April 12, 2021
Netflix’s big distribution deal with Sony Pictures for exclusive streaming access to new theatrical and original-produced movies beginning in 2022 is expected to cost the SVOD behemoth more than $1 billion, according to media analyst Michael Pachter. Netflix and Sony did not disclose financial details of their landmark agreement, which supplants Sony’s long-time distributor (since 2006) Starz.
“This is meaningful for Netflix as many of its earlier exclusive licensing deals have expired, the content pulled back by studios such as Disney and WarnerMedia seeking to shore up their competing streaming services,” Pachter wrote in an April 12 note.
The agreement comes as other studios pull content from Netflix for proprietary services. MGM-owned Epix and MGM have opted for an exclusive partnership with Paramount+, while NBCUniversal is considering pulling content from both HBO Max and Netflix to shore up its Peacock service, while potentially leaving some of its content available to co-owned Hulu on a non-exclusive basis.
“While these are clearly exceptional times and exhibitors are willing to negotiate terms they typically would not have in a pre-COVID environment, we think these types of negotiations will continue, and we expect to see more original content from streamers playing in theaters post-pandemic,” Pachter wrote. “We think exhibitors are now more willing to negotiate favorable terms with far more flexible windows than they had in the past, as long as their counterpart is willing to pay.”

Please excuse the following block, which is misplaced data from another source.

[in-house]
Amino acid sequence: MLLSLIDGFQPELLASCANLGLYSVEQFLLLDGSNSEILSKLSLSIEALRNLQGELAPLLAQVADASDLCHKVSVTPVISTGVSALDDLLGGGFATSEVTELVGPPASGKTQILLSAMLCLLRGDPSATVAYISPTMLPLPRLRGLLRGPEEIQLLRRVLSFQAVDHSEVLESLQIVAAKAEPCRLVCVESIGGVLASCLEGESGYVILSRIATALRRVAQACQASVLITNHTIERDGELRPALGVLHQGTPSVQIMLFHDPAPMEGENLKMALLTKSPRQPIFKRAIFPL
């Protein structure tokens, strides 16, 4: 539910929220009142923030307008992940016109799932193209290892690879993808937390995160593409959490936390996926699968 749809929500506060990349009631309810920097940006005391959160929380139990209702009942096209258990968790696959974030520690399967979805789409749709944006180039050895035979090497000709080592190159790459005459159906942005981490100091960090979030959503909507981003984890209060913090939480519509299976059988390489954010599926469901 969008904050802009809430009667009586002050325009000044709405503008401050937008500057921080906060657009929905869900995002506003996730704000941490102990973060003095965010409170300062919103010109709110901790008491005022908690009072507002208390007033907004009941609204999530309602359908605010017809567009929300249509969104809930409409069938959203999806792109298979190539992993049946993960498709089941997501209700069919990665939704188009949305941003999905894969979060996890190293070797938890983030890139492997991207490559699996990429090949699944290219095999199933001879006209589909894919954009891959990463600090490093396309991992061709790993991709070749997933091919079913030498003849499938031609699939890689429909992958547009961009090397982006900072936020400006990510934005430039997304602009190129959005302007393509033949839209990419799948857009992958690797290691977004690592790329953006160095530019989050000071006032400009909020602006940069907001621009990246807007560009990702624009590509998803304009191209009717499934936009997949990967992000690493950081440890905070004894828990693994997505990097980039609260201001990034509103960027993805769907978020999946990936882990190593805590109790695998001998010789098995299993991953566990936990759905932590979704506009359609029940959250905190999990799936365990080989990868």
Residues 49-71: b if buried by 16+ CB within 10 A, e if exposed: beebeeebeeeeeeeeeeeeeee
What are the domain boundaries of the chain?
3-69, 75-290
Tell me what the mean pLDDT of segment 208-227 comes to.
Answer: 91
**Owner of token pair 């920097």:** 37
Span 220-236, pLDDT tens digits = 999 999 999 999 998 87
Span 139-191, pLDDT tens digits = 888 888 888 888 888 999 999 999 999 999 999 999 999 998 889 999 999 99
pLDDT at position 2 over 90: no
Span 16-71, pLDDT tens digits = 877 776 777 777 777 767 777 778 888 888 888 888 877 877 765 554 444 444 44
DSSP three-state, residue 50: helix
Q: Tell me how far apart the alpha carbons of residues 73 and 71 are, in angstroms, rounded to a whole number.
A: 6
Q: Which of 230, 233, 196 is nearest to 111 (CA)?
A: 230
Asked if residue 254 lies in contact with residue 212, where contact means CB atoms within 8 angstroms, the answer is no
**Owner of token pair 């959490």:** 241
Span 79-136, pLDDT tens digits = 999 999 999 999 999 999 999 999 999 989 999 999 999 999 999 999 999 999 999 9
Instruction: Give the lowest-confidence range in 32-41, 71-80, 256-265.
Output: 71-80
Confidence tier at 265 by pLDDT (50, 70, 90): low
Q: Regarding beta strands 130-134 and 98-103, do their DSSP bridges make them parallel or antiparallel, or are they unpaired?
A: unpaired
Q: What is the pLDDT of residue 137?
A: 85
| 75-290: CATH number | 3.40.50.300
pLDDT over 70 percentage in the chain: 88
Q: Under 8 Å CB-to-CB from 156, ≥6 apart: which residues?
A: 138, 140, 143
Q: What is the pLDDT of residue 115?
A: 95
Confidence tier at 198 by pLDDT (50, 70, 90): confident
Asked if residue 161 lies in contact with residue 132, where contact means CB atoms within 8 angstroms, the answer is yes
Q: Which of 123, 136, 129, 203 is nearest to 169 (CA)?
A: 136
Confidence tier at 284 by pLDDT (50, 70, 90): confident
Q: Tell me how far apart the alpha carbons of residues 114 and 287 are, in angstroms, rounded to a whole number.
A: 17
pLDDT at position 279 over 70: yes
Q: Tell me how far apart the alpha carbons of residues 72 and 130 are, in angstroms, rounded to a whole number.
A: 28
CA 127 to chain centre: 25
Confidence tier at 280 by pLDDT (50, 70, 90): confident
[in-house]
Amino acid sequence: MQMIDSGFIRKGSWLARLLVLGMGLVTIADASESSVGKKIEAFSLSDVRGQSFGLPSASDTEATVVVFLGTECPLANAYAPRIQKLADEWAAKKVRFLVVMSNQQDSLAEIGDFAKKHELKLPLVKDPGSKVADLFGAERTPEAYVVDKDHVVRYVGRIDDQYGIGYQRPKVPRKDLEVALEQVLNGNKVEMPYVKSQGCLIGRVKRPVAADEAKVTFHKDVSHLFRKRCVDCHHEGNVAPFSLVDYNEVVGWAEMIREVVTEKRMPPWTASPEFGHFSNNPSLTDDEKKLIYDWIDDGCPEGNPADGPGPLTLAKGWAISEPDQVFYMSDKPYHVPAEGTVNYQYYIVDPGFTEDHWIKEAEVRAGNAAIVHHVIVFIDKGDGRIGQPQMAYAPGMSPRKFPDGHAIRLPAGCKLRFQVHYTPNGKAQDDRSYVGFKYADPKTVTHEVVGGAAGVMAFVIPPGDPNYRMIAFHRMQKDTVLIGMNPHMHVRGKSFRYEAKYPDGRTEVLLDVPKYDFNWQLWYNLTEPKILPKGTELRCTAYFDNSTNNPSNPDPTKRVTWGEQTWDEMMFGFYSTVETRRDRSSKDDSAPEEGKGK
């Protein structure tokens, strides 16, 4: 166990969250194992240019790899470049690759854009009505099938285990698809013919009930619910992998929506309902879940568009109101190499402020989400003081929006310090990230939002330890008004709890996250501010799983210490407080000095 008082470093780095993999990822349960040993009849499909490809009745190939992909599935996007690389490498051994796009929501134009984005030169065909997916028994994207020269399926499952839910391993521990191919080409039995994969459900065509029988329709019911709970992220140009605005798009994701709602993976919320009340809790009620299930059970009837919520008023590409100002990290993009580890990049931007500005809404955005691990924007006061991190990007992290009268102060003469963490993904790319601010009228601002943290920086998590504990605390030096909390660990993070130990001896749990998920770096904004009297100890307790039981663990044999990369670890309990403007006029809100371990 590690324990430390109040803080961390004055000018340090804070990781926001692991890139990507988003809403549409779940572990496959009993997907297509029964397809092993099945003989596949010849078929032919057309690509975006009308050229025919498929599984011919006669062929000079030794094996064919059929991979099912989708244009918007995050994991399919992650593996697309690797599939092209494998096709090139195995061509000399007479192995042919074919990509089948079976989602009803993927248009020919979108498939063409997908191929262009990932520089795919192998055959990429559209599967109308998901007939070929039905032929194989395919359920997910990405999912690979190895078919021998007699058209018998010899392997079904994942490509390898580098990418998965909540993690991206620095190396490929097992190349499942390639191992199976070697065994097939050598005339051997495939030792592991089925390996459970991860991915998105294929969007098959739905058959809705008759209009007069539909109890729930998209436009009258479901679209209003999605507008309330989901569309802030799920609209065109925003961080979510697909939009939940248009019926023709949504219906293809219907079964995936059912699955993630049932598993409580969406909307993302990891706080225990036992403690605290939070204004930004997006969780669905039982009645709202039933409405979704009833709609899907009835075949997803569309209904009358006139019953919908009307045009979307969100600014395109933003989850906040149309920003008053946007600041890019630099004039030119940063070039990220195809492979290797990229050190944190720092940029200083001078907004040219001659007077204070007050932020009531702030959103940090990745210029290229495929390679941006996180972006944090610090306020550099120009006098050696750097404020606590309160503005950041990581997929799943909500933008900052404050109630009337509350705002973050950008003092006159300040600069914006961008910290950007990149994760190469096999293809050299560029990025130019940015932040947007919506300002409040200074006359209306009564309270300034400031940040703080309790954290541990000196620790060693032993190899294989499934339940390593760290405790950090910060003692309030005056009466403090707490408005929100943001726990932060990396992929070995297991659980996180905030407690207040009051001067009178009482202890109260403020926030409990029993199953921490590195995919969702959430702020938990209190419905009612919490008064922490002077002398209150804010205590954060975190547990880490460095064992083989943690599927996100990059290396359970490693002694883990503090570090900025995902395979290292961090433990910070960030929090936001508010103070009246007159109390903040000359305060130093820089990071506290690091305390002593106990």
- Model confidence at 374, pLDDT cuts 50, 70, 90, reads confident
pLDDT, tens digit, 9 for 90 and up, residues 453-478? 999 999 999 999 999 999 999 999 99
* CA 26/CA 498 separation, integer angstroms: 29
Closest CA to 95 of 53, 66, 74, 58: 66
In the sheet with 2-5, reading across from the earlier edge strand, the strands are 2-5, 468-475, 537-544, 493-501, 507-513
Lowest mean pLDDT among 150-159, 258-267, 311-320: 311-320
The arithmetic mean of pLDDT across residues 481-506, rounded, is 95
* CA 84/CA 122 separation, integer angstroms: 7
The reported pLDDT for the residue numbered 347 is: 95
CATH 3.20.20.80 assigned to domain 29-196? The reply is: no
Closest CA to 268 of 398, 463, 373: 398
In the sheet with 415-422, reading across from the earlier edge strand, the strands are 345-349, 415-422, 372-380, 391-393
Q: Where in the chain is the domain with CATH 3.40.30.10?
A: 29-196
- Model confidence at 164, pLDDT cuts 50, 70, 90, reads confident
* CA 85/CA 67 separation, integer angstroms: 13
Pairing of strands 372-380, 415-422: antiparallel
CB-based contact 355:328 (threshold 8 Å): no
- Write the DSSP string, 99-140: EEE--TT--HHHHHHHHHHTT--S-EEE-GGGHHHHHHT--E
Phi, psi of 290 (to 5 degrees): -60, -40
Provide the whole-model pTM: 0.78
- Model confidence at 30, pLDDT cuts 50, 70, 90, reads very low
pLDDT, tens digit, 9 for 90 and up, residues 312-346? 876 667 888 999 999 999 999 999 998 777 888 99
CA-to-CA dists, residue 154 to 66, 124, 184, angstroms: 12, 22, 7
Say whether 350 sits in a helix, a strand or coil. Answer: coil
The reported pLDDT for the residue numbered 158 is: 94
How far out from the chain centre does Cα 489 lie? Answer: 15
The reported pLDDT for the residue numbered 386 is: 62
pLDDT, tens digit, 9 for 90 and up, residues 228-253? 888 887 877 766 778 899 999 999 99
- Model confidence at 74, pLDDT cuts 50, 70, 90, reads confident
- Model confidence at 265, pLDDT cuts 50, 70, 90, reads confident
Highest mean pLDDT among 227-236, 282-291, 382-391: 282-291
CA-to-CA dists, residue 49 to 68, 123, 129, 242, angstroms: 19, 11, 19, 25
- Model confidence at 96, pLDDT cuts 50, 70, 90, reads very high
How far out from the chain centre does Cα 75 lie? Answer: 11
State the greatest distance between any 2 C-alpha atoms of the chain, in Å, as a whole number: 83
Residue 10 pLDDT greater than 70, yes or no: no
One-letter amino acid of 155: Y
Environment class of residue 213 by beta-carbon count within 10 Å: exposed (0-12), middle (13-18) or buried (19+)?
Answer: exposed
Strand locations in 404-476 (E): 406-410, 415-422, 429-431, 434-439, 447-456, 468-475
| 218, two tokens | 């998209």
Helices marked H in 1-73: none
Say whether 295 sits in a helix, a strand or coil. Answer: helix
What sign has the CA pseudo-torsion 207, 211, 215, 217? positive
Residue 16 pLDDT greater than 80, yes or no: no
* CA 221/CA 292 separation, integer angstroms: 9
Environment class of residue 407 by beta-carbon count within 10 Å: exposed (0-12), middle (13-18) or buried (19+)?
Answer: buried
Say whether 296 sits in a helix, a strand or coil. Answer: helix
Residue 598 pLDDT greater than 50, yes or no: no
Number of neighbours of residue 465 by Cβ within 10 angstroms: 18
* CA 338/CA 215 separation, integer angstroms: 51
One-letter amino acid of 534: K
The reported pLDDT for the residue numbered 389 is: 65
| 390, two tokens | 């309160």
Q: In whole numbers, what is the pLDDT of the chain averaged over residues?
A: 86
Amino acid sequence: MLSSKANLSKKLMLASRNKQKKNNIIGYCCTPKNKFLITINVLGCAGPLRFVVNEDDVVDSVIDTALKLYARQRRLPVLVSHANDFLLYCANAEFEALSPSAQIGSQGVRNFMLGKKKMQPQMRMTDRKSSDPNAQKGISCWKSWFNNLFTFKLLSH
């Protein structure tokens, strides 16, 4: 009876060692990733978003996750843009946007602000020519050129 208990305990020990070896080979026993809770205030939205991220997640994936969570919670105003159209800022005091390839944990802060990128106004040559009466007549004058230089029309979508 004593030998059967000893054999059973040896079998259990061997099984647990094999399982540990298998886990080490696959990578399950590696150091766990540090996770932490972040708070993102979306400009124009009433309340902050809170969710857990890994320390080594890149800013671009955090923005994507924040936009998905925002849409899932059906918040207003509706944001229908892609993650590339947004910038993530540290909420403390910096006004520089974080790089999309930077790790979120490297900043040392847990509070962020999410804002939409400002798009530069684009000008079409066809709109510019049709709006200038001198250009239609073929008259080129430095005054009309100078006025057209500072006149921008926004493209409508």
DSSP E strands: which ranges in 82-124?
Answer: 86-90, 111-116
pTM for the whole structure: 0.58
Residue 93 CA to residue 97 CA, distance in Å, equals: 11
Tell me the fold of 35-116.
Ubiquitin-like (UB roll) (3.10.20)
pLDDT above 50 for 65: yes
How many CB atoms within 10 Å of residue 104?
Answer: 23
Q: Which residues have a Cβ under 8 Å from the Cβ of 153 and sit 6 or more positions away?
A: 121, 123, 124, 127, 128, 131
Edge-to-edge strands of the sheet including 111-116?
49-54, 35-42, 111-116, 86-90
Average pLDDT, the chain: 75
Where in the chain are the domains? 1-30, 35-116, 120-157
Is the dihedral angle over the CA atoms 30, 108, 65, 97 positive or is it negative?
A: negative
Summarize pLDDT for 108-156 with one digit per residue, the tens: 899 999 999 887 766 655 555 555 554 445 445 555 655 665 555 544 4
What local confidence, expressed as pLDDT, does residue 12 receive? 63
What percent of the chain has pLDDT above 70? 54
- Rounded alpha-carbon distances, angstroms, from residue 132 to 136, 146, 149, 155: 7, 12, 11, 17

Indeed, the analyst contends Netflix acted proactively as studios continue to hold back major tentpole titles due to the pandemic. With many lower-budget movies slated for release last year shifted to streaming to recoup production budgets, most larger budget titles have been pushed back to later this year or into 2022. Despite the expected July 9 theatrical bow of Disney/Marvel’s Black Widow, and exhibitors in some markets, including Los Angeles, expanding seating capacity to 50% from 25%, Pachter says the exhibition industry is not expected to “normalize” until this summer at the earliest as more moviegoers get vaccinated.
“Attendance levels will not materially improve until tentpole titles return to theaters, and studios clearly prefer the lower risk of releasing tent-pole titles when vaccine s should be widely distributed in the U.S. and Europe,” wrote the analyst.